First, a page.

Not all indoor plants are created equal. Fiddle-leaf figs are particularly on trend, as are spider plants and monsteras, while bonsai and peace lily are far from fashionable.
Jana Stewart is looking to change this attitude. Through her plant business, Microcosm, she wants to grow people’s appreciation for all things green, regardless of their trend factor.
“Sometimes people feel like they have to have a 'cool plant', but I want them to appreciate all plants. A plant is a living thing ... It's not going to look the same as an interior design magazine,” she says.
After holding market stalls around town (including a pop-up store on Parramatta Road), Microcosm has set up permanently at Mini Mart, a plants/homewares/design store in Petersham. It’s owned by Stewart and her partner Pablo Colombi, and is just a couple of doors down from retro cafe Daisy’s Milkbar.
Stewart – who’s in her final year of a science degree, majoring in microbiology – says having indoor greenery leads to better health. Plants improve air quality by filtering out impurities and pollutants, and are also known to lift mood and lower stress levels.
Microcosm offers more than the run-of-the-mill plants found at your local nursery – Stewart sources hers from Noraville Green, a boutique supplier on the NSW central coast. You’ll find familiar species such as monsteras, philodendrons and, of course, fiddle-leaf figs, alongside more unusual options such as the fleshy “donkey tail” and the shrimp plant, which has pink flowers that resemble prawns.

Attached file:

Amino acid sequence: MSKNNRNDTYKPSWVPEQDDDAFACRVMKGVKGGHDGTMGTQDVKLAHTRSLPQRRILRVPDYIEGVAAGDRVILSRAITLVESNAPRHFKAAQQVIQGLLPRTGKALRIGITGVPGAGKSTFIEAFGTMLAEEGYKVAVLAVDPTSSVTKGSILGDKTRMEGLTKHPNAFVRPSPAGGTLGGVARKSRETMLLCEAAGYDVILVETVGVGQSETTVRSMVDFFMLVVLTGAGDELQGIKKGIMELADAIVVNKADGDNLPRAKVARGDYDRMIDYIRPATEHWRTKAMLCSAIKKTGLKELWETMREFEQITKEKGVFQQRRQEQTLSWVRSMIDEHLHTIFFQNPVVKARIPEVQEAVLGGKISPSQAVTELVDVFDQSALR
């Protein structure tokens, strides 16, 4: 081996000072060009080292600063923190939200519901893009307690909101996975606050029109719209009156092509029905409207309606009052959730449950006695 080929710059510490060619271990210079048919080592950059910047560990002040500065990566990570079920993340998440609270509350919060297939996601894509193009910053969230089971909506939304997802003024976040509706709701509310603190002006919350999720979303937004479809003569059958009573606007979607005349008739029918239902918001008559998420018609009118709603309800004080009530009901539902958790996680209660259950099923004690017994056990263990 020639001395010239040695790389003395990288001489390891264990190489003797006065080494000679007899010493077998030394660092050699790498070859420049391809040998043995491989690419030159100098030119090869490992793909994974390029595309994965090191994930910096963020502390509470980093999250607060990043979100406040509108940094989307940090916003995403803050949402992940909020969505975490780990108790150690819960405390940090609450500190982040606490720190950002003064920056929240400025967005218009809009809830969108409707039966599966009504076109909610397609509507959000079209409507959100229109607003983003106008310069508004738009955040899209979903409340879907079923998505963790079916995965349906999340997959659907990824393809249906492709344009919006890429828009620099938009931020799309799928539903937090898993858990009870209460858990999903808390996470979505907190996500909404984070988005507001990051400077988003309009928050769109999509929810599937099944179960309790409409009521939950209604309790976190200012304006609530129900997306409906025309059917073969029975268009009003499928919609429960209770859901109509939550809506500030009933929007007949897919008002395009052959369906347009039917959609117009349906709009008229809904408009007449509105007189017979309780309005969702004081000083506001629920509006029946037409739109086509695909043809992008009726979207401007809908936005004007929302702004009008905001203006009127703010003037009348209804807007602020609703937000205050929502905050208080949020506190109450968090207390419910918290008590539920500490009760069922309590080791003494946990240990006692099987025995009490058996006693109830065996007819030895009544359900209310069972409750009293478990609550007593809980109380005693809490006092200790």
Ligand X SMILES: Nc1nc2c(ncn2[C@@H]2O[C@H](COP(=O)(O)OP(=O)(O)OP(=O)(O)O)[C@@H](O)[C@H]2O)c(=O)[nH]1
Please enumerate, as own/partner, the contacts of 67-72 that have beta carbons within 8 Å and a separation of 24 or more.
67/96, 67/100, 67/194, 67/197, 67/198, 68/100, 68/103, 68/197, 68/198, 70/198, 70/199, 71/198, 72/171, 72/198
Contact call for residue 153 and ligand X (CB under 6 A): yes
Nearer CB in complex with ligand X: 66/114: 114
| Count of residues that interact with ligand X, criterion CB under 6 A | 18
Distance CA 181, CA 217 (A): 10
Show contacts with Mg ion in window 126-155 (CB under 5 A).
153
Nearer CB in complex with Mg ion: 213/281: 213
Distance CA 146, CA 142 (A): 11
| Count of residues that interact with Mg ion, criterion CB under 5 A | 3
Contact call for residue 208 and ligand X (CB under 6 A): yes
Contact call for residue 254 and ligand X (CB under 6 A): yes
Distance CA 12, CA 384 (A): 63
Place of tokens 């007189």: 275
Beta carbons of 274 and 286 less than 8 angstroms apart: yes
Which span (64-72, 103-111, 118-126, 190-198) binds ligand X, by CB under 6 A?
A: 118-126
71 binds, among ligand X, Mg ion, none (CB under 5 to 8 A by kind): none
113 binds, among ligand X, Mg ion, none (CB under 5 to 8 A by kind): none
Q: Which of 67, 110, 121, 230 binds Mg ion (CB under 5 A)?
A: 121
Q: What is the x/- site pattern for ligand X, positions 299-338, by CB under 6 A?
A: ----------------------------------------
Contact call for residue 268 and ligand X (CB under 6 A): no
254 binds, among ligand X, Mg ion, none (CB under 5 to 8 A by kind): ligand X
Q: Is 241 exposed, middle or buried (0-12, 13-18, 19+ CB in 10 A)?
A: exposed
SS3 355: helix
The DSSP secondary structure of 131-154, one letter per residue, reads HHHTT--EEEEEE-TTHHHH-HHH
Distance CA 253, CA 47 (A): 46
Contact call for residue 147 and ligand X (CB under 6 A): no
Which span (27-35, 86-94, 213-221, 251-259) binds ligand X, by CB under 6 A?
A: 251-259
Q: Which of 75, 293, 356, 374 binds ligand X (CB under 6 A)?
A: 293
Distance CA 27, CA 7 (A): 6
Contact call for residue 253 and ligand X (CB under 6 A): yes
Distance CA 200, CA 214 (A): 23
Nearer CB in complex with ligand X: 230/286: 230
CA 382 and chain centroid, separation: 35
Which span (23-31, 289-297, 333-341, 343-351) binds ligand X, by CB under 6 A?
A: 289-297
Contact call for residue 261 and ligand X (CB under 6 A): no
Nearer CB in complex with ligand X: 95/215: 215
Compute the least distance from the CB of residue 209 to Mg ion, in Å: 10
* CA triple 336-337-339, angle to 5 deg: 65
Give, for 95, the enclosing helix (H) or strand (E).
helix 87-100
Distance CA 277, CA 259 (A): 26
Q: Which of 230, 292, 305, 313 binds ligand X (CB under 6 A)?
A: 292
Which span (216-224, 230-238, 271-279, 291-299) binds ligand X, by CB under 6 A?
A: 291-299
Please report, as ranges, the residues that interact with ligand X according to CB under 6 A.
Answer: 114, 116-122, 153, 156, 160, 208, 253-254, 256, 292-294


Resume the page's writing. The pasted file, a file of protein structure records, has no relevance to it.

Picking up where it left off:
Stewart also runs Plant Parenthood, hands-on workshops teaching the basics of plant care, including how to pot it and where to put it. Participants walk away with an easy-care shrub such as a devil’s ivy or a peace lily, which Stewart says are “gateway” plants to more greenery in the home. “[At the end of class], people have more confidence. They get hooked and think, ‘If I feel this happy with this plant, imagine how happy I’ll be if I have five plants,” she says.
Stewart also sells a variety of pots and accessories, mainly sourced from Sydney-based ceramicists and designers. There are Cass Siow’s cute-as-a-button planters that have little stump “feet”; brightly coloured pots from Trade the Mark; and baskets from Asahi Sun, which have been woven from palm inflorescence (the flowering stem of a palm tree).
Insacious, Colombi’s side of the business, is a launch pad for emerging artists and designers to exhibit, develop and sell their works. At the moment there’s a photo exhibition by Jamie Espinosa, and geometric tables by industrial designer Vincent Buret.
Mini Mart also features pieces from To Barwyn and Back. It’s a stylish Melbourne bike-wear label by Gemma Baxter, an architect and keen cyclist who saw a gap in the market for riding gear that eschewed the lycra-forward "MAMIL" (middle-aged men in lycra) aesthetic.
“There's a bit of a story behind the products. I'm all for internet shopping, but you miss out on the connection of talking to the person behind your products. It's such a privilege to have an actual shop in Sydney – we want to team up with other people so they can have a space to show their work,” says Stewart.
328 Stanmore Road, Petersham